Why are sea organisms living deep in the sea not affected by the high water pressure?

K. AKHIL

Organisms living in the sea are affected by the high water pressure but they can resist it. In fact, life has evolved in water.

We live on the surface of the earth and are subjected to the atmospheric pressure of about 100,000 pascals. This is called one bar pressure and is roughly equivalent to keeping one kilogram weight on one square centimetre.

The pressure under water is much higher due to the high density of water. It increases approximately by 1 bar for a depth of every 10 metres. Hence a fish at a depth of 20 metres is subjected to three bars pressure.

This type of pressure in the fluid is called hydrostatic pressure. Even though it increases with depth, at a given point it is same in all directions and acts perpendicular to a surface immersed. Such type of loading on any body creates only compressive stress, i.e. there are no tensile (pulling) or shear stresses inside the body.

If I am carrying a school bag, the stresses due to the bag and my own weight will be added to this one bar compressive stress with proper sign and direction. The additional stresses can also be tensile and shear depending on several factors like the body shape and how the load is applied, and in some cases can be very high. But in case of hydrostatic stresses, irrespective of th/e body shape and the properties of the composite materials like bone and muscle, the interior stresses are just the applied compressive stress.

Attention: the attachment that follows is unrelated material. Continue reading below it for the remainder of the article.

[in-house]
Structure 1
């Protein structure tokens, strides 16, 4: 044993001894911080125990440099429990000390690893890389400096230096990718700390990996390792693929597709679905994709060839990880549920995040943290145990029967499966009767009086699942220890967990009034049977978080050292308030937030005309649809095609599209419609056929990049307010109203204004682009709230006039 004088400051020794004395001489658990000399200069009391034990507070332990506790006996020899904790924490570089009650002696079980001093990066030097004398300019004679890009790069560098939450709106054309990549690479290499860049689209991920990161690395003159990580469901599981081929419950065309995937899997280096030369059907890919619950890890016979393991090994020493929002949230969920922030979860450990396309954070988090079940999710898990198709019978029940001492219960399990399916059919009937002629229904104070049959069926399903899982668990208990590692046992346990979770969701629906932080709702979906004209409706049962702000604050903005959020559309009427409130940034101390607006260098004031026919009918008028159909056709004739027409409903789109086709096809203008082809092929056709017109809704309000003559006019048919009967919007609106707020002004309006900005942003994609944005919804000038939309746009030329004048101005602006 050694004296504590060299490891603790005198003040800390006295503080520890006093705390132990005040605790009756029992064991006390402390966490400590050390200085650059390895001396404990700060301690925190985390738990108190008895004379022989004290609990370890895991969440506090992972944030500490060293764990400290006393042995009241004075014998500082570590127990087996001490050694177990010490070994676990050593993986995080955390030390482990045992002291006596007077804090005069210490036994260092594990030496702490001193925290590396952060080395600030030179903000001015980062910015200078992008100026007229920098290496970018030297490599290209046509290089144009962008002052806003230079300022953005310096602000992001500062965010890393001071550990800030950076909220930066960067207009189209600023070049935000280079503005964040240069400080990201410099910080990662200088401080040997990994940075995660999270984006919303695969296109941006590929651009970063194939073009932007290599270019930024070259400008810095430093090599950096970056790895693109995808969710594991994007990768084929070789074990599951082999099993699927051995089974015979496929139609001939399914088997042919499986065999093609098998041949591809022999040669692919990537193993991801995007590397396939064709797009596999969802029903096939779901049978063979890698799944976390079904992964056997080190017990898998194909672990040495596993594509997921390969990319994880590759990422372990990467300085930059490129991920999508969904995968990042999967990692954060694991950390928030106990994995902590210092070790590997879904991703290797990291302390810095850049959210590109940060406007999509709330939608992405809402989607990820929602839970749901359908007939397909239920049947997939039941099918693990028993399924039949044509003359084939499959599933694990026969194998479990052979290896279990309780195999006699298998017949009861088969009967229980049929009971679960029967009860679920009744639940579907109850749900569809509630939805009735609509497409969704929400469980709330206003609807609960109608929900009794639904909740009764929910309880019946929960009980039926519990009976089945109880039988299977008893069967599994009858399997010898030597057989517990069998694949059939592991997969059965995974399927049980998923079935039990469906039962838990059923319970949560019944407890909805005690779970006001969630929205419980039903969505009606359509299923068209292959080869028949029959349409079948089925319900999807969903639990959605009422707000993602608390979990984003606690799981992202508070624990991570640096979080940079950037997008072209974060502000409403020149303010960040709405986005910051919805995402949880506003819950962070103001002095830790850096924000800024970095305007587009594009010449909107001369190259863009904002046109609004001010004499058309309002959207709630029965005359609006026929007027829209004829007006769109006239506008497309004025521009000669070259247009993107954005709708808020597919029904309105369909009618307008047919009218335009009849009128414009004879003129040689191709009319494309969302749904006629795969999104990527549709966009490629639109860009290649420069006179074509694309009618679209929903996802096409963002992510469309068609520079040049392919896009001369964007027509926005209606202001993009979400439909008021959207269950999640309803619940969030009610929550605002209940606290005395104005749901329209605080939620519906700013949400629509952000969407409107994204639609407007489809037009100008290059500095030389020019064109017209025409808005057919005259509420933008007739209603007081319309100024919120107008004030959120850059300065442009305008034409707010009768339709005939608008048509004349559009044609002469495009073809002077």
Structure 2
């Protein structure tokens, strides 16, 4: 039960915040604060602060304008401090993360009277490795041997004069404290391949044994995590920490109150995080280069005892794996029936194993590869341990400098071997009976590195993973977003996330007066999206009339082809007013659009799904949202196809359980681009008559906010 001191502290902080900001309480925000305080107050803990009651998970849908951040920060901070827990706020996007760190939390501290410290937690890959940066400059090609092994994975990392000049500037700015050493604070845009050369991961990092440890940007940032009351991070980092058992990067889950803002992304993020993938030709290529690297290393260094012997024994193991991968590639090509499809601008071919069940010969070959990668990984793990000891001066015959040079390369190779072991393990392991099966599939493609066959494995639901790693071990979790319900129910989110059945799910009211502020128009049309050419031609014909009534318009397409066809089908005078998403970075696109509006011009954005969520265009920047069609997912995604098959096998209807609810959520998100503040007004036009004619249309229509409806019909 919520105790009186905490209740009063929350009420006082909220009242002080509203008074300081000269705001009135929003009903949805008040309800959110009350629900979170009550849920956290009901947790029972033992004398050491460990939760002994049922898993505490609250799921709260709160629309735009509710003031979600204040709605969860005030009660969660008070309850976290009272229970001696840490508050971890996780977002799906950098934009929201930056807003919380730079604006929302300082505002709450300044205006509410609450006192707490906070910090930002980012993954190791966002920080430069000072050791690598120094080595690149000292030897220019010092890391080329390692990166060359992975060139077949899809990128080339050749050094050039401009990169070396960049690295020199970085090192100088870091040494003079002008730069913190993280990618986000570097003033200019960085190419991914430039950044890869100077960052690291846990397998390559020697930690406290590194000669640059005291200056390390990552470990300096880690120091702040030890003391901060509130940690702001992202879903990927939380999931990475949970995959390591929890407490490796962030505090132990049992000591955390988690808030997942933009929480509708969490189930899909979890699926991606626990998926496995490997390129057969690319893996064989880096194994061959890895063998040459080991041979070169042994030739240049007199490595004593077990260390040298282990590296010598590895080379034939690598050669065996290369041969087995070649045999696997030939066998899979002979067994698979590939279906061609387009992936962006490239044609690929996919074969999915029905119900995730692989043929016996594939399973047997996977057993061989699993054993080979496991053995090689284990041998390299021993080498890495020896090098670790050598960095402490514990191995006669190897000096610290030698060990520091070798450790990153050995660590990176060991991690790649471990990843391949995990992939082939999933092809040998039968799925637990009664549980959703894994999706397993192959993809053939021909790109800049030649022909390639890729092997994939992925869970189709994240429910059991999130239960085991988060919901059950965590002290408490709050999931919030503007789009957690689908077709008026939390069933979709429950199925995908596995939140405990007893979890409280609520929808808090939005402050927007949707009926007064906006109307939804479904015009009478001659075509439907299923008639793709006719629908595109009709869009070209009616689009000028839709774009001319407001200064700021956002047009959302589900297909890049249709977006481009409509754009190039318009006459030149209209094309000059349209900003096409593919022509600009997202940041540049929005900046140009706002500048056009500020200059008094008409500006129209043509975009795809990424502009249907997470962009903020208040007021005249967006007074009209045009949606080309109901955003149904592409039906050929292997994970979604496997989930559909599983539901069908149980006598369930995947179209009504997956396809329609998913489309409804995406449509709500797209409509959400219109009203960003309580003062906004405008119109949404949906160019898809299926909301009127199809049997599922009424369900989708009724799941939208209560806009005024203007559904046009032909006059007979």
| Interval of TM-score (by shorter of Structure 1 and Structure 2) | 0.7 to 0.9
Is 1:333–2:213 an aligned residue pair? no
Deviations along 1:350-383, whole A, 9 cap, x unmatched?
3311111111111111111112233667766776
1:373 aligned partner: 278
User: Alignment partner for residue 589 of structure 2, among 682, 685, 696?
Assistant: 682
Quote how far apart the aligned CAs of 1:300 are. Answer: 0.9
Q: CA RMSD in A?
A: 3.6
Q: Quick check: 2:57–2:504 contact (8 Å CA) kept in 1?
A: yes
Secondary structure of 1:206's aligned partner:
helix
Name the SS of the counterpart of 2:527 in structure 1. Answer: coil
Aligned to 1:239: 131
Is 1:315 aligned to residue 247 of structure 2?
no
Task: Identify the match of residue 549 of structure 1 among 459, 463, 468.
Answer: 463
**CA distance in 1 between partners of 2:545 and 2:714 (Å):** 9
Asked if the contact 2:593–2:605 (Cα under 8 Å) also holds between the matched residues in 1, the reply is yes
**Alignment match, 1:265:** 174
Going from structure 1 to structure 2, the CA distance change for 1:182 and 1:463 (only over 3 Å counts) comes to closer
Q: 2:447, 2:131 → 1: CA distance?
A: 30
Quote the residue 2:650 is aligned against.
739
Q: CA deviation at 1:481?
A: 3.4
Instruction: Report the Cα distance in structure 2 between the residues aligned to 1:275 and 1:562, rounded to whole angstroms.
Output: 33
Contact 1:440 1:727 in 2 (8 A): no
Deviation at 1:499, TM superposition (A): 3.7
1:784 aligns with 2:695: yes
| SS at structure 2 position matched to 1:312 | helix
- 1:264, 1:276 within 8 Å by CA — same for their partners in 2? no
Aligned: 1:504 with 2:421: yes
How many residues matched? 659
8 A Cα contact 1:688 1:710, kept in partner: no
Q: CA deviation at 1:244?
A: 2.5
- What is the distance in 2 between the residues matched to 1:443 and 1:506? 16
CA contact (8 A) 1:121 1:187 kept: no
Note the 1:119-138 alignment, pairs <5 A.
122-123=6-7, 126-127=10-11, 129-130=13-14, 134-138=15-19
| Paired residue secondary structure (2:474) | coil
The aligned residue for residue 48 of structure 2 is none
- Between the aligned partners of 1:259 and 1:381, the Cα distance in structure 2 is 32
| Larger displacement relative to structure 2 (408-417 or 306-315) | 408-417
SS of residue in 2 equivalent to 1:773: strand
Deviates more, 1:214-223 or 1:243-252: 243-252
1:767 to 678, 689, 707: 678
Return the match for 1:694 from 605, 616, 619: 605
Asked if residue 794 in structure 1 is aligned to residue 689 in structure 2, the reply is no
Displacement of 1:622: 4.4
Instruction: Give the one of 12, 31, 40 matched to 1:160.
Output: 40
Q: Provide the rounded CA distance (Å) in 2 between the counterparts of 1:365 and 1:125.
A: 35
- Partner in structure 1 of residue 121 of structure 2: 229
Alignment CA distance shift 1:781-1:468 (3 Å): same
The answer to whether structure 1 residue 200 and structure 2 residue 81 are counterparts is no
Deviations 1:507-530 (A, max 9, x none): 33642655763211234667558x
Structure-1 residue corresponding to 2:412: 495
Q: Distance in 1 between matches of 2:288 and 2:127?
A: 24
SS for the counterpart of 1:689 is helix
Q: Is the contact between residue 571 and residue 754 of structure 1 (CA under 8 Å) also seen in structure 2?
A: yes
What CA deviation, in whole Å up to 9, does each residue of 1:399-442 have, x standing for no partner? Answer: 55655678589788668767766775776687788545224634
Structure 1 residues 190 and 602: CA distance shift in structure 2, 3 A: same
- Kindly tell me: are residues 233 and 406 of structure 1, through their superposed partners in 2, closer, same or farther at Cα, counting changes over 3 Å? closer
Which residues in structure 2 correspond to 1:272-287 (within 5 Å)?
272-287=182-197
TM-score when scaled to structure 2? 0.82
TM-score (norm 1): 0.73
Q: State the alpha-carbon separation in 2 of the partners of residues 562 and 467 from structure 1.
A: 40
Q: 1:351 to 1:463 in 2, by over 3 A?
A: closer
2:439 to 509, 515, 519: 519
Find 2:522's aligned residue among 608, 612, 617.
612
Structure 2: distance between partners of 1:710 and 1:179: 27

Most materials are stronger in resisting compressive stress but not so strong in tension and specially shear. The tensile and shear strength values for failure of the human bone are about 65 per cent and 30 per cent, respectively of the compressive strength. Also, applied shear deforms the body. Imagine an invertebrate like a jellyfish subjected to shear. It will deform and may tear off if the stress is high. But now it is subjected to only compressive stress and which is exactly equal (no more) to the value of pressure at that depth irrespective of its shape and material properties. The individual cells in the body are subjected to this value which they can resist. This is how the organisms survive the high pressure.

PROF. MOHAN D. DESHPANDE

M.S. Ramaiah School of Advanced Studies

Bangalore

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